• Other than that, the same rules apply as with a face to face interviews – research the company, practice your questions, make sure you have lots of examples you can provide for the skills they are looking for, be confident with your answers however, not overly confident and no waffling, create rapport from the start, know your CV and (or) application form, prepare your own questions and never have a bad word to say about a former employer.

 

Hopefully, these tips and tricks should help you with any future interviews you may have coming up. Good luck!

 

20 Ways to be more Productive at Work

Posted on: July 13th, 2018 by Admin

 

Life gets hectic sometimes and you may think that you never have enough time to do everything or you just become overwhelmed. Work may suffer, and you may feel under severe pressure.

Many people have succumbed to this kind of pressure and left jobs they were more than capable of being successful in.

 

The following are a few tips based on a lot of research from various Universities to help you deal with the pressures of work and become more productive:

 

  • Work from home more: Research from Stanford University found that call center workers made 13.5% more calls per week from home rather than at the office.

 

  • Work standing up: People who work using stand up desks are 46% more productive than those with a sitting desk – this is a quite a high percentage and a lot healthier! Definitely something to consider.

 

  • Surround yourself with natural light: If you are working in a place where there are big windows with lots of natural light, you will have better quality sleep. This ensures proper rest and productivity increases.

 

  • Have a few plants around: Having a few plants around your desk looks good, but also increases work productivity by 15%.

 

  • Go easy on the air conditioning: Being colder than normal impacts overall productivity – having the temperature at 22 Celsius is just right for maximum work productivity.

 

  • Avoid noise: Workers exposed to even low levels of office noise are slightly more stressed than those in a quiet working environment resulting in not as much work being completed.

 

  • Listen to nature sounds: Nature sounds increase ability to concentrate.

 

  • Check emails less: Checking emails for most of the day wastes too much time and reduces productivity. Deal with the urgent emails first thing and then get on with your other duties.

 

  • Play music if bored: If you listen to music while carrying out monotonous tasks, you will actually get more done.

 

  • Family photo’s: If you have some positive pictures or photographs around you at your desk, your productivity could increase by over 40%.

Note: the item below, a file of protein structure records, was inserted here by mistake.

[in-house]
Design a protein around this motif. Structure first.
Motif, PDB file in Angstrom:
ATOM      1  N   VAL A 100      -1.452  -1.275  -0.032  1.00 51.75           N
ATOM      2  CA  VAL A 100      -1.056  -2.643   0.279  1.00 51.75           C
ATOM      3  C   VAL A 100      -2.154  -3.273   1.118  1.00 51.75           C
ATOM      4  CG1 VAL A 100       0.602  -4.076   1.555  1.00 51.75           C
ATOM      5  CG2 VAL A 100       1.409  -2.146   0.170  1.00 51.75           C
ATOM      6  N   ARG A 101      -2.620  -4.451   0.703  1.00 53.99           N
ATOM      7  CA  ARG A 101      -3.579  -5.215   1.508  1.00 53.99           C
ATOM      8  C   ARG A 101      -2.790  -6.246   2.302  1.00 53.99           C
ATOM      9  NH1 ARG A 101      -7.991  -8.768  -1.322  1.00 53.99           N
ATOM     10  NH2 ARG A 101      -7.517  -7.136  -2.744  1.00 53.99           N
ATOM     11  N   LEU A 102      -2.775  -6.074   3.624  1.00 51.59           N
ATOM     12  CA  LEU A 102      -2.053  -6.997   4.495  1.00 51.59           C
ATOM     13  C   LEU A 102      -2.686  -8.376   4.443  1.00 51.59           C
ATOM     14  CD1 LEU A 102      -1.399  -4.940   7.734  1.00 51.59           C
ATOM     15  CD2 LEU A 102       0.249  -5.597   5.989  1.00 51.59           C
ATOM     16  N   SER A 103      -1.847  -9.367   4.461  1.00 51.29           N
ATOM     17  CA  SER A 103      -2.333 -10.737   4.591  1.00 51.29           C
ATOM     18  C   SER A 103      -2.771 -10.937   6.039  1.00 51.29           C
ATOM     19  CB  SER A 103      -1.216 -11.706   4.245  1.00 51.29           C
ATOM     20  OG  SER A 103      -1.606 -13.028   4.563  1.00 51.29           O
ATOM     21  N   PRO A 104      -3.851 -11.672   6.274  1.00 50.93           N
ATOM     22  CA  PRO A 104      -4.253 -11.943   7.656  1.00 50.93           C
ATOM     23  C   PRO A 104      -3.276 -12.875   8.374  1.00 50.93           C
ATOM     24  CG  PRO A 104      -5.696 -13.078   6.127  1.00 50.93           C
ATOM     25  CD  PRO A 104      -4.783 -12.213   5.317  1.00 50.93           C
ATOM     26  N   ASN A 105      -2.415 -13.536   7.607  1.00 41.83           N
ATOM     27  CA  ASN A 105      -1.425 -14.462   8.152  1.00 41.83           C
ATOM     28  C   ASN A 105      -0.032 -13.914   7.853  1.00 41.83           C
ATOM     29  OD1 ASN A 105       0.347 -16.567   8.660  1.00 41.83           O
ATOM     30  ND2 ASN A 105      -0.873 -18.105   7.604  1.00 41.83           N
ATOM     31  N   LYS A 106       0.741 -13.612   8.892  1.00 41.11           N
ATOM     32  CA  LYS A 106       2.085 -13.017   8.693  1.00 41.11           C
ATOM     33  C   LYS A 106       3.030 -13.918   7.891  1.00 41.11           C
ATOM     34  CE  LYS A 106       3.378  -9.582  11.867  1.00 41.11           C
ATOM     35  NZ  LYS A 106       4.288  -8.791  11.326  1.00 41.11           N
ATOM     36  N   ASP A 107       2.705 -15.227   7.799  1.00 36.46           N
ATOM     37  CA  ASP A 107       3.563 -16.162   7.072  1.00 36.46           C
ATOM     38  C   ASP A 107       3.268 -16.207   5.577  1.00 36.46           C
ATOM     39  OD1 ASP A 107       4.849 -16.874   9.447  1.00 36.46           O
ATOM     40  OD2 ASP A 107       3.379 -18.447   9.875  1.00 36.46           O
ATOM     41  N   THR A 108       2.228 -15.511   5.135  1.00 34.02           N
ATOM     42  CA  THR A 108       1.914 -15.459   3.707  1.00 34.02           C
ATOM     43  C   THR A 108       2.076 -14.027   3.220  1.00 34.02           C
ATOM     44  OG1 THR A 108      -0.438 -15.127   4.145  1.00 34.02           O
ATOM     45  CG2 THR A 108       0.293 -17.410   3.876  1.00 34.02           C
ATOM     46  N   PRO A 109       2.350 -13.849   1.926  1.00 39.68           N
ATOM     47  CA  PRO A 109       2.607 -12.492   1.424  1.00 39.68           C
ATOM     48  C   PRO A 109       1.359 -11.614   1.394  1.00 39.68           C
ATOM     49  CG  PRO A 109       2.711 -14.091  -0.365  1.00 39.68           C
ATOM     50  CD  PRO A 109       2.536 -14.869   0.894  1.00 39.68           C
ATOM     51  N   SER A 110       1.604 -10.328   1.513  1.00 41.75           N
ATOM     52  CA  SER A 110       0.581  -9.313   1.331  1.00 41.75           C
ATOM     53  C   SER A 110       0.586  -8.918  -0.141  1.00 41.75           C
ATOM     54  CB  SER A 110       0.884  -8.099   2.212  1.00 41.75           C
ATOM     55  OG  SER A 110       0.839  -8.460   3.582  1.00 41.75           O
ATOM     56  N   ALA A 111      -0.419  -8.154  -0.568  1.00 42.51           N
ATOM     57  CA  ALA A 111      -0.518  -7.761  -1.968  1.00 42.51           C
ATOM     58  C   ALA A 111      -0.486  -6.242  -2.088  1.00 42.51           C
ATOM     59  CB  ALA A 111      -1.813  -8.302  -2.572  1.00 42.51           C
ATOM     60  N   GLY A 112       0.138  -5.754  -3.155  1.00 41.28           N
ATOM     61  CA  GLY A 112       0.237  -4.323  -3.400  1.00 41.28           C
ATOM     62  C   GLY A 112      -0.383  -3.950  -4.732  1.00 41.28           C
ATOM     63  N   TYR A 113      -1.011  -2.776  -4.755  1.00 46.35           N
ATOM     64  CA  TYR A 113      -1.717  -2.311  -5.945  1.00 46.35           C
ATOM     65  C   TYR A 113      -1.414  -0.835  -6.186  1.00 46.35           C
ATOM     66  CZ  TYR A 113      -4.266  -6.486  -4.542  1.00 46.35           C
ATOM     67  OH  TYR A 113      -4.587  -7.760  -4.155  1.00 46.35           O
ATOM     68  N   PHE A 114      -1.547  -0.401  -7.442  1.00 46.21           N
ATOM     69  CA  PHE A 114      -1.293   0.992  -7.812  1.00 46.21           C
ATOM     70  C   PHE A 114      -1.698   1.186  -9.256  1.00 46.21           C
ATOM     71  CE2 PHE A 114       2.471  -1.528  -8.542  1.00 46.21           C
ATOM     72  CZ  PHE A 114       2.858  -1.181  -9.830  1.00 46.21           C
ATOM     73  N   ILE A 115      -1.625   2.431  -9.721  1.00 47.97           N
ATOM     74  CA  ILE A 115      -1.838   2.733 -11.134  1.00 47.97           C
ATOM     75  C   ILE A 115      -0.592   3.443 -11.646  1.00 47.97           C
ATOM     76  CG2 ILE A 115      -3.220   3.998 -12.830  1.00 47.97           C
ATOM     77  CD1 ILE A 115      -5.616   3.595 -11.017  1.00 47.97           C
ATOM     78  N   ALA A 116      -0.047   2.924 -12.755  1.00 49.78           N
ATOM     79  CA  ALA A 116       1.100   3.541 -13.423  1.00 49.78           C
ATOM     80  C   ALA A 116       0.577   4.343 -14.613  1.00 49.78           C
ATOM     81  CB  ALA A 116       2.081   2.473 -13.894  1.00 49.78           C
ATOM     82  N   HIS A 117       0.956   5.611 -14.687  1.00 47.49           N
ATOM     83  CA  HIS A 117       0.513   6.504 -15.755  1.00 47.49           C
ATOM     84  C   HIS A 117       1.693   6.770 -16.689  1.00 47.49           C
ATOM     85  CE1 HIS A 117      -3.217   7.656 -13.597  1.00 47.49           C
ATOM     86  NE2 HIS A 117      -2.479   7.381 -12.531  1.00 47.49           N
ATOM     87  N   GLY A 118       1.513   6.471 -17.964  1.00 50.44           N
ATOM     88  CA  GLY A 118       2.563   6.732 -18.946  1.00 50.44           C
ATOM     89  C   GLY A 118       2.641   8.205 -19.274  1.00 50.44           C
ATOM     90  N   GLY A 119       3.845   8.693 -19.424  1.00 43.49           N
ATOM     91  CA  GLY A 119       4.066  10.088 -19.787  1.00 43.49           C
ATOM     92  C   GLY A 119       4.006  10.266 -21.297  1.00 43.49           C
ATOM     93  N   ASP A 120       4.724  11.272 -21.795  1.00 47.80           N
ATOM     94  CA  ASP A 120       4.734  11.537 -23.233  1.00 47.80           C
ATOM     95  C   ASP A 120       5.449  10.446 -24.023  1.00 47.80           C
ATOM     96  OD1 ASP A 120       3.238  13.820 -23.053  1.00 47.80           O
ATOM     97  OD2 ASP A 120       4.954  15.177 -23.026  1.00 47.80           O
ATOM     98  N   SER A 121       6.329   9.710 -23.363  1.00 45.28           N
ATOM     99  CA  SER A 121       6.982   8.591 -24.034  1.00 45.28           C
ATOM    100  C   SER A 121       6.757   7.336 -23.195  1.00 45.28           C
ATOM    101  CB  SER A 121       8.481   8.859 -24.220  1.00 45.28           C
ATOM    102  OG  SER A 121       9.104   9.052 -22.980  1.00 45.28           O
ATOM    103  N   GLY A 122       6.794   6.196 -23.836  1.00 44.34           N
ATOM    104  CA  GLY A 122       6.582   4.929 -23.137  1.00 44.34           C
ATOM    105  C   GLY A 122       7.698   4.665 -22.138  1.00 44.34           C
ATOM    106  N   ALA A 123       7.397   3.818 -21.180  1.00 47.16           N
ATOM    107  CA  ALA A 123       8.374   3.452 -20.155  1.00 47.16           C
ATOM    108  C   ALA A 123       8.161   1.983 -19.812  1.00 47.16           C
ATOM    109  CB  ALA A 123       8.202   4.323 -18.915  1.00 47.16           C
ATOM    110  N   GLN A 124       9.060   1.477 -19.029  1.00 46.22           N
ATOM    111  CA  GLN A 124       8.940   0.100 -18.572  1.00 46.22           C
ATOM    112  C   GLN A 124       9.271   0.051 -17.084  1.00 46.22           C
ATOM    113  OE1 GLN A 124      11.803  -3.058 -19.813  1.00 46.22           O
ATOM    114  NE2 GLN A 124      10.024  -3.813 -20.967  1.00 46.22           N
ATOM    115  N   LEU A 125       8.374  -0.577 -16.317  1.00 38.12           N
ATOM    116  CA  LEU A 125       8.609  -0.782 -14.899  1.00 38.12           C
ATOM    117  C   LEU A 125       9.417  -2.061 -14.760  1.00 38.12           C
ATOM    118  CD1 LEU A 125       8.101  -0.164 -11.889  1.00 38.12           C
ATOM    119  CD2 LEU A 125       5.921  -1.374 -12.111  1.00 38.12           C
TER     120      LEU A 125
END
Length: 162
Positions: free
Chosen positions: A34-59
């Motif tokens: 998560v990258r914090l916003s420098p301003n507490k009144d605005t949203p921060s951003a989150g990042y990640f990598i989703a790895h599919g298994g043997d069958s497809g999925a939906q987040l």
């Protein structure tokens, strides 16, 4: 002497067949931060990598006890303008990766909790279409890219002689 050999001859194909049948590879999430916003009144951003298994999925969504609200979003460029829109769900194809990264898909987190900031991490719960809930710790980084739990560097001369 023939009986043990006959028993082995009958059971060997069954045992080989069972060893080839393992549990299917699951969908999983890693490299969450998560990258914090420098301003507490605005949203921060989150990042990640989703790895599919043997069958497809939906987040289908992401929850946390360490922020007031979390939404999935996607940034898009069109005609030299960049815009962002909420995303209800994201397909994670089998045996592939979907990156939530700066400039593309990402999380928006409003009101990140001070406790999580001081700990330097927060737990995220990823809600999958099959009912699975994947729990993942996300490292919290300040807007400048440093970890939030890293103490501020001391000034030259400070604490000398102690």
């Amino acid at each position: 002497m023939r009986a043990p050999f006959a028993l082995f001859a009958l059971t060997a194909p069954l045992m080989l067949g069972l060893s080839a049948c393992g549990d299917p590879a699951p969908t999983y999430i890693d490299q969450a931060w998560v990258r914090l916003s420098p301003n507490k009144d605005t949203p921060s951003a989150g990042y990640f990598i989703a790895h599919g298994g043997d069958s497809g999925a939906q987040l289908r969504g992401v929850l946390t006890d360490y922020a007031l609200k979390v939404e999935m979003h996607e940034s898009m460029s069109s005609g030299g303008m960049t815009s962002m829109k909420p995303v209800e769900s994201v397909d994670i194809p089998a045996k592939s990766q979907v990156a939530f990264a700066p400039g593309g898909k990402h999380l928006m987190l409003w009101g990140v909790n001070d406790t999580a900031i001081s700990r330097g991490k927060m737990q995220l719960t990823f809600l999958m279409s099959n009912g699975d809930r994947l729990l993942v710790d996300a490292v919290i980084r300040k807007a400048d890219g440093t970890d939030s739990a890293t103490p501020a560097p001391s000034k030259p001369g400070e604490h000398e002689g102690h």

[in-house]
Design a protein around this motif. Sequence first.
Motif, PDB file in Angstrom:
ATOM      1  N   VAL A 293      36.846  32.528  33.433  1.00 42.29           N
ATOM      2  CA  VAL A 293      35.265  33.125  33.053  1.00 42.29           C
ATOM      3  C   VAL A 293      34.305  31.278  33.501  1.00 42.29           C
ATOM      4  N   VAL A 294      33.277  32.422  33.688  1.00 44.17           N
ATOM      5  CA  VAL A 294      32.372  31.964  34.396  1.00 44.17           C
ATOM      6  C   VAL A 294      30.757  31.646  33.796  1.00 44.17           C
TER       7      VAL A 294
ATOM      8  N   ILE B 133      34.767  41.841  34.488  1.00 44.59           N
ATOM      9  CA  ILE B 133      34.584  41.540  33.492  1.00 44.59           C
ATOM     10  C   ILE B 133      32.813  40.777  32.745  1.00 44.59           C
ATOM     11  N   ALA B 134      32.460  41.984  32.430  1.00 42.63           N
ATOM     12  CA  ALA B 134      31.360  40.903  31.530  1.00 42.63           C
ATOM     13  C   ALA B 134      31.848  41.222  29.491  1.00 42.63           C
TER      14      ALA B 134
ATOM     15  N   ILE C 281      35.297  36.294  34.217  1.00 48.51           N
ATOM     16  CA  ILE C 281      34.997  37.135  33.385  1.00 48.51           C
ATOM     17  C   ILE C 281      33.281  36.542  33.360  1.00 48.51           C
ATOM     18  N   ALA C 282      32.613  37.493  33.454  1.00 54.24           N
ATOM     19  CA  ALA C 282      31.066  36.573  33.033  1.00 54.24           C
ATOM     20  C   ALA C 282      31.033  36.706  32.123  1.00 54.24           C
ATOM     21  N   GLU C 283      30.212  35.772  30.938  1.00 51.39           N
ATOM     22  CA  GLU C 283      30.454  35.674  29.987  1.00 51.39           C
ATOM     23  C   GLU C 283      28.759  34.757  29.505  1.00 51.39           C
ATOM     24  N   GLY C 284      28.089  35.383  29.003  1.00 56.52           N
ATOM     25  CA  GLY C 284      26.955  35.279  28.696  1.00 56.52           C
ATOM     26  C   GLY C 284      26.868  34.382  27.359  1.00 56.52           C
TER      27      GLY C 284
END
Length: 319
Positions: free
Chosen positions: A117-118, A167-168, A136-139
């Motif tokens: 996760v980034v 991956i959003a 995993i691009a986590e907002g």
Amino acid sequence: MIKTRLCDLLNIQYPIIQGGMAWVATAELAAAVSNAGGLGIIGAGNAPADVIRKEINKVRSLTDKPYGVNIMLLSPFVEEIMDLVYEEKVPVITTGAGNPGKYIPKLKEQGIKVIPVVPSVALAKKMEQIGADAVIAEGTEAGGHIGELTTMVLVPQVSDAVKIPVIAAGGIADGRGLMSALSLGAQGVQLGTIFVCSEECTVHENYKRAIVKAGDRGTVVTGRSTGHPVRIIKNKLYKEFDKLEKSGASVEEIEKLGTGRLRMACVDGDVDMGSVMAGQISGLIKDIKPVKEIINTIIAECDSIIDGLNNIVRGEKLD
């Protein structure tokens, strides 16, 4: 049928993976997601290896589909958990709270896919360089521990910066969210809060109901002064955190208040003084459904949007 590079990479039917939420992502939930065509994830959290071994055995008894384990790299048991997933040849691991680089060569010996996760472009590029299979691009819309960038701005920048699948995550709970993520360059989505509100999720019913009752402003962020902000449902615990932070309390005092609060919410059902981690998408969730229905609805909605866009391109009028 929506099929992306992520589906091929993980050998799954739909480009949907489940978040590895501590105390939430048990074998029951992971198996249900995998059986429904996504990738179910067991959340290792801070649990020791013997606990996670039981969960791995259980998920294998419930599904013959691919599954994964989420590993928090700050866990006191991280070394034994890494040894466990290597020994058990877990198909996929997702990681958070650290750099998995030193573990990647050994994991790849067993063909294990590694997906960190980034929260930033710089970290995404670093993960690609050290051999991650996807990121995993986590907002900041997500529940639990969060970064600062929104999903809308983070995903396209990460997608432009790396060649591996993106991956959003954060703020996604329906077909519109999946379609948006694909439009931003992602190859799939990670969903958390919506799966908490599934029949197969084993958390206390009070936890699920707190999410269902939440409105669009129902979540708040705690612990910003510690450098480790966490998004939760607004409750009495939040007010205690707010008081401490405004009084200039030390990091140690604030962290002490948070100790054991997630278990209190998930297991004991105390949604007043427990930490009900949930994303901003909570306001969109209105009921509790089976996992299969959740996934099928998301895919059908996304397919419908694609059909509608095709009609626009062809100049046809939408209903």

• Take a walk: Taking a walk gets the blood flowing, which means more oxygen is delivered to each organ and the brain. This results in clearer thinking, more energy and higher productivity.

 

  • Try not to multitask: Try go do one thing at a time and prioritize – multi tasking results in confusion which leads to low productivity.

 

  • Get the hard tasks out of the way first: Most of us have more energy in the morning time. The afternoon brings with it the dreaded slump – energy and willpower decreases which is why you are better off completing the harder tasks in the morning.

 

  • Afternoon nap: If you can – take a small nap in the afternoon. This refreshes the brain and productivity is increased. No more than 30 minutes will do.

 

  • Talk and have the craic with co-workers: Workers who communicate well and go to lunch together are less stressed and are more productive as they have a laugh and talk about their problems.

 

  • Have short regular breaks: Make sure to take short breaks regularly. Stretch your legs and get your blood flowing. You will automatically feel tired if you sit at the same place for lengthy periods which has an effect on productivity.

 

  • Meditate: The benefits of meditation are endless – it clears your brain and helps you focus on what’s happening now. This will help with prioritizing, communication, tiredness and being more alert.

 

  • Breath: Don’t forget to breath properly – most of us feel tense and only slightly breath in which leaves our bodies and brains deprived of oxygen. Breath in more deeply than you normally would and if you can, breath out for longer. Do this for at least 4 breaths. This triggers the parasympathetic system in your body which ensures you get enough oxygen and remain relaxed at your job. Set reminders for yourself to check your breathing throughout the day.

 

  • Visualizing: Instead of visualizing scenarios going wrong in your head – picture them going right for a change. If you have a presentation to do at work and you are very nervous, this is because you are expecting the worst. Instead, think about the best-case scenario. Replay the presentation going really well in your head. Visualize yourself giving a confident presentation and your audience really enjoying it – you can re-train your brain to think like this if you practice it every day.

 

  • And relax …… don’t forget to take time out every day to relax and reflect. Don’t forget to do what you enjoy doing. Catch up with friends, spend some quality time with family or just have some time alone to chill. This helps with everything in life.